In the succeeding year, the Delhi government responded to the petitions regarding the criminalization of marital rape by NGO RIT Foundation, All India Democratic Women's Association and a marital rape victim by telling the High Court that Marital Rape is an offence which can easily come under the ambit of cruelty under §498A of the IPC and thus, there is no need for the creation of a new offence. Additionally, the government’s counsel submitted that the existing exception is not a violation of Article 21 as a woman always has the choice to not dwell with a sexually abusive spouse and can also file for divorce under all personal laws for the same.(19)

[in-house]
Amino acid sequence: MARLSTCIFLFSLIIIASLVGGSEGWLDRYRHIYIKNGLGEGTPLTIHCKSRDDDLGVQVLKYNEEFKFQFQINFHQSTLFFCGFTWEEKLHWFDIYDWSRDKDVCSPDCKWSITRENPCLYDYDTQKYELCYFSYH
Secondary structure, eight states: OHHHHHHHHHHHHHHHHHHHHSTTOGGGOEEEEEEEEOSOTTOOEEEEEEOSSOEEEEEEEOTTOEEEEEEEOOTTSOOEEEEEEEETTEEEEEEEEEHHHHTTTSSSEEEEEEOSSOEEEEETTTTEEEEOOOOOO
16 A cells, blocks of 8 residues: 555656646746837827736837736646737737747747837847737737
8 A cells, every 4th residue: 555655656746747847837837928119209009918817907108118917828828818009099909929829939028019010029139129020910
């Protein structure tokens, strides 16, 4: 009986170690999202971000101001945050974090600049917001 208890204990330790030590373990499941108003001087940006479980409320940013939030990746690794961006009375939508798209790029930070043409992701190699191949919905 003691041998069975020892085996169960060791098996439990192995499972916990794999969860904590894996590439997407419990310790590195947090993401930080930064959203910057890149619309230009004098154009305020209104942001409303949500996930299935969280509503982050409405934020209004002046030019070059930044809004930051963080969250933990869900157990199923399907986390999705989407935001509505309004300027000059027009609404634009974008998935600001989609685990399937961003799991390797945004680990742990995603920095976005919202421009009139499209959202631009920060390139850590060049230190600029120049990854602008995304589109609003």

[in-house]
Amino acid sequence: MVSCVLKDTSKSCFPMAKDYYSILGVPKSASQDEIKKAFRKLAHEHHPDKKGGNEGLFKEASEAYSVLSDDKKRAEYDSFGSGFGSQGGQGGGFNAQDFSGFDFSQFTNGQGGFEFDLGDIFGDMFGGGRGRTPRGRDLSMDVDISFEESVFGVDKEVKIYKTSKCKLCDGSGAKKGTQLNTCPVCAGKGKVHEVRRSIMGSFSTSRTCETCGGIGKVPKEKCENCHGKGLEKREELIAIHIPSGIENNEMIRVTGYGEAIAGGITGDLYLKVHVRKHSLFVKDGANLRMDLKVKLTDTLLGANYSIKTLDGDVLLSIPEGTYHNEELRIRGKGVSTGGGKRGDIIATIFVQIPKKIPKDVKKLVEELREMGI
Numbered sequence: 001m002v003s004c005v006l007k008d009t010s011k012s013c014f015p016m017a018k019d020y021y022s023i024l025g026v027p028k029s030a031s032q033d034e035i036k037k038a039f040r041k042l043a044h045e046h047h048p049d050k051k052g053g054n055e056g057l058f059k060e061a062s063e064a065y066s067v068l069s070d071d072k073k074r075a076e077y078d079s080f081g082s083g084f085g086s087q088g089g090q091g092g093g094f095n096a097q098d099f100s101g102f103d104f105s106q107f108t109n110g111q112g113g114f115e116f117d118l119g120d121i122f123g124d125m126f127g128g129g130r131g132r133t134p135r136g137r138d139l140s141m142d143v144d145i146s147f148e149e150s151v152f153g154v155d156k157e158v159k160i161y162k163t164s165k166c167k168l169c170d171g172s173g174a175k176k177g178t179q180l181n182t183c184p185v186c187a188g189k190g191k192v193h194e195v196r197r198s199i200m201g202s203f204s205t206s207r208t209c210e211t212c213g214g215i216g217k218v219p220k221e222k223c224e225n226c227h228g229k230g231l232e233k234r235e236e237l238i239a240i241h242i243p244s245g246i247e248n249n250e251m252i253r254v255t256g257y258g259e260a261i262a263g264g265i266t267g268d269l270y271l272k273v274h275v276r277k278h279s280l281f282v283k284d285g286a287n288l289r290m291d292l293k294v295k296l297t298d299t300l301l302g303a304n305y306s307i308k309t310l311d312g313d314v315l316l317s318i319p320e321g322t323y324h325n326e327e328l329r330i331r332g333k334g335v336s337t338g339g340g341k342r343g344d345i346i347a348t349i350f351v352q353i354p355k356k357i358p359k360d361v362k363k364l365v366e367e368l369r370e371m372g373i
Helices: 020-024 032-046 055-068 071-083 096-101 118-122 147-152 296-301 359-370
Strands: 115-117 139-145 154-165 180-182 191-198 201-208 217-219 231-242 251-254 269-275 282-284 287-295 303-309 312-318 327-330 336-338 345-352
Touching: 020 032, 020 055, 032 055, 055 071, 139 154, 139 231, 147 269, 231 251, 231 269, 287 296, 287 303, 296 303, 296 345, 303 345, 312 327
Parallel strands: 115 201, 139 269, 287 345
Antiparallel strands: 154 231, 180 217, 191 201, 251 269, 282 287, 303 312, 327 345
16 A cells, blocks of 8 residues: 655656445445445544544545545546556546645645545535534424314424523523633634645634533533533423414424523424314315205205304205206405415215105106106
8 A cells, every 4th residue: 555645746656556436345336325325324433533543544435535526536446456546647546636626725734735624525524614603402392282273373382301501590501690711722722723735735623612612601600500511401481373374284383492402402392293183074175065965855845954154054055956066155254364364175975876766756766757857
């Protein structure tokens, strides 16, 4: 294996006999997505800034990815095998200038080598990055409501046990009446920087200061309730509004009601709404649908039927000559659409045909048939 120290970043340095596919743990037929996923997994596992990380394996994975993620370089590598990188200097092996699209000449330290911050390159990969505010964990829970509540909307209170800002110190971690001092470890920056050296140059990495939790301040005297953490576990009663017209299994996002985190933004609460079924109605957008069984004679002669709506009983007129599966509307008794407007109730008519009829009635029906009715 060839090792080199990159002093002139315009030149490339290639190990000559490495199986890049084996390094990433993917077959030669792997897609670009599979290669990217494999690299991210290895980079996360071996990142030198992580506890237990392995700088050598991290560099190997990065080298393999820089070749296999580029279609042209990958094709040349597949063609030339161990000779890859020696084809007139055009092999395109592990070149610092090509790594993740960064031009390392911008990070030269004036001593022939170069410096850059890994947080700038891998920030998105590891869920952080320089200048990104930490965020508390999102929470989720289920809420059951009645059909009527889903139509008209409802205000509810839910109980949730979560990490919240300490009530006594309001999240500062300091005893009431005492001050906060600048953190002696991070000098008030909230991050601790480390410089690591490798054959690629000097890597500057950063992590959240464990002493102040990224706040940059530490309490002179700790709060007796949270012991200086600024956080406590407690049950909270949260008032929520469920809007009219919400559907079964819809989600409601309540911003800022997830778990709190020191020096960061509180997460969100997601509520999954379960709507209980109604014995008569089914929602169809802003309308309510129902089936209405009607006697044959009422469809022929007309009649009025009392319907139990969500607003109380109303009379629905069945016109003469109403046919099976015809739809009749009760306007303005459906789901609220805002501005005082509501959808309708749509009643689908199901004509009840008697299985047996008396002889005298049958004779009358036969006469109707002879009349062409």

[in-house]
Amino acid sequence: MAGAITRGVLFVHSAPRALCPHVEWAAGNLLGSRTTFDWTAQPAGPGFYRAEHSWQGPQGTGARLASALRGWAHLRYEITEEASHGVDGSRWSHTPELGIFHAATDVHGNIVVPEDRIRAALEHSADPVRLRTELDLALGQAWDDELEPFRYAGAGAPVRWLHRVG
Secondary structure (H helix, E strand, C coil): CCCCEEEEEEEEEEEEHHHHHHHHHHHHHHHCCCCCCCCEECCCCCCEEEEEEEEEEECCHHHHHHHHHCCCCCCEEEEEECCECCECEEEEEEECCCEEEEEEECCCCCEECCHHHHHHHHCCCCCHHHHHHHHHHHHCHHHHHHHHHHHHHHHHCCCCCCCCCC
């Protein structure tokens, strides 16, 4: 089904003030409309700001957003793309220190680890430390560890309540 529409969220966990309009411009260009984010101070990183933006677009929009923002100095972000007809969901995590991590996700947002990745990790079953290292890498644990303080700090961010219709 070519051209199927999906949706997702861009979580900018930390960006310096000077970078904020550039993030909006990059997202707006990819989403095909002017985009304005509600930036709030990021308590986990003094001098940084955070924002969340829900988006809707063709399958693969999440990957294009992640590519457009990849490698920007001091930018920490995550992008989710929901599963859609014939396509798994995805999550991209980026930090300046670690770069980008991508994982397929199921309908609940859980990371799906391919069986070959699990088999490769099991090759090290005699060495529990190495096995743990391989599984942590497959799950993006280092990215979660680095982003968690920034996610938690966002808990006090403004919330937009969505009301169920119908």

In early January 2022, the Delhi High Court began to hear the said petitions while the Centre filed an additional affidavit stating that it will be considering a more “constructive approach” towards the matter in question and has solicited inputs from various stakeholders such as the State governments and Union Territories and sought time from the High Court to state its stand.(20) However, after almost a month, the High Court ‘reserved its verdict’ and declined to extend the deadline given to the centre, citing the impracticality of adjourning an ongoing case due to the uncertainty concerning the date of presentation of the government’s already delayed stand.